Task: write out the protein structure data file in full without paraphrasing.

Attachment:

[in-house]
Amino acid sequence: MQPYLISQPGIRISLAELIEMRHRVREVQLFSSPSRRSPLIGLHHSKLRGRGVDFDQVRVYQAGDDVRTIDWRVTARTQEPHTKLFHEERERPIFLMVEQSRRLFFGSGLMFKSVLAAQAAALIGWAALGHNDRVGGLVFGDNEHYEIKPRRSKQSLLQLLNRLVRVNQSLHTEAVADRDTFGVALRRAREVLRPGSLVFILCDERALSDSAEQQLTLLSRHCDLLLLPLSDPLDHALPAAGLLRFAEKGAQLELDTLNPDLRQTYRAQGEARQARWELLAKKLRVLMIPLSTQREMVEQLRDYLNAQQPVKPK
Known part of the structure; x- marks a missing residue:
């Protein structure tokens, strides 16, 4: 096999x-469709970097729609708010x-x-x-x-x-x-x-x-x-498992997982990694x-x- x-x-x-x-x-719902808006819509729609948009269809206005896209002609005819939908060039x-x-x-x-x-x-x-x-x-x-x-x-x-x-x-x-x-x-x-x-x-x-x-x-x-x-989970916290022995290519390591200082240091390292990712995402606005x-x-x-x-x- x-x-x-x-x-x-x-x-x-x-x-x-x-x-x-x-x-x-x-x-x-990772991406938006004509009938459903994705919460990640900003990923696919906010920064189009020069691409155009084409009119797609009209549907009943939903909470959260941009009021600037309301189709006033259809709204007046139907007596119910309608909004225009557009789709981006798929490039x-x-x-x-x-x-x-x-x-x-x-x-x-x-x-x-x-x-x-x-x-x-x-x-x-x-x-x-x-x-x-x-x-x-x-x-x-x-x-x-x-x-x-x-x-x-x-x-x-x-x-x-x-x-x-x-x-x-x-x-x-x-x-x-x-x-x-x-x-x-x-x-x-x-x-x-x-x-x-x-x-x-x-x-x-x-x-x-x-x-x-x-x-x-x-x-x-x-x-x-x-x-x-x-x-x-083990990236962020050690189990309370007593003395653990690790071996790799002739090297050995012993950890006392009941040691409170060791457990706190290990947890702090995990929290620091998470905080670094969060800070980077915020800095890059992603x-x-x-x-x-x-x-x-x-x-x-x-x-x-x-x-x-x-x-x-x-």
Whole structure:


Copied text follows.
[in-house]
Amino acid sequence: MQPYLISQPGIRISLAELIEMRHRVREVQLFSSPSRRSPLIGLHHSKLRGRGVDFDQVRVYQAGDDVRTIDWRVTARTQEPHTKLFHEERERPIFLMVEQSRRLFFGSGLMFKSVLAAQAAALIGWAALGHNDRVGGLVFGDNEHYEIKPRRSKQSLLQLLNRLVRVNQSLHTEAVADRDTFGVALRRAREVLRPGSLVFILCDERALSDSAEQQLTLLSRHCDLLLLPLSDPLDHALPAAGLLRFAEKGAQLELDTLNPDLRQTYRAQGEARQARWELLAKKLRVLMIPLSTQREMVEQLRDYLNAQQPVKPK
Known part of the structure; x- marks a missing residue:
């Protein structure tokens, strides 16, 4: 096999x-469709970097729609708010x-x-x-x-x-x-x-x-x-498992997982990694x-x- x-x-x-x-x-719902808006819509729609948009269809206005896209002609005819939908060039x-x-x-x-x-x-x-x-x-x-x-x-x-x-x-x-x-x-x-x-x-x-x-x-x-x-989970916290022995290519390591200082240091390292990712995402606005x-x-x-x-x- x-x-x-x-x-x-x-x-x-x-x-x-x-x-x-x-x-x-x-x-x-990772991406938006004509009938459903994705919460990640900003990923696919906010920064189009020069691409155009084409009119797609009209549907009943939903909470959260941009009021600037309301189709006033259809709204007046139907007596119910309608909004225009557009789709981006798929490039x-x-x-x-x-x-x-x-x-x-x-x-x-x-x-x-x-x-x-x-x-x-x-x-x-x-x-x-x-x-x-x-x-x-x-x-x-x-x-x-x-x-x-x-x-x-x-x-x-x-x-x-x-x-x-x-x-x-x-x-x-x-x-x-x-x-x-x-x-x-x-x-x-x-x-x-x-x-x-x-x-x-x-x-x-x-x-x-x-x-x-x-x-x-x-x-x-x-x-x-x-x-x-x-x-x-083990990236962020050690189990309370007593003395653990690790071996790799002739090297050995012993950890006392009941040691409170060791457990706190290990947890702090995990929290620091998470905080670094969060800070980077915020800095890059992603x-x-x-x-x-x-x-x-x-x-x-x-x-x-x-x-x-x-x-x-x-």
Whole structure: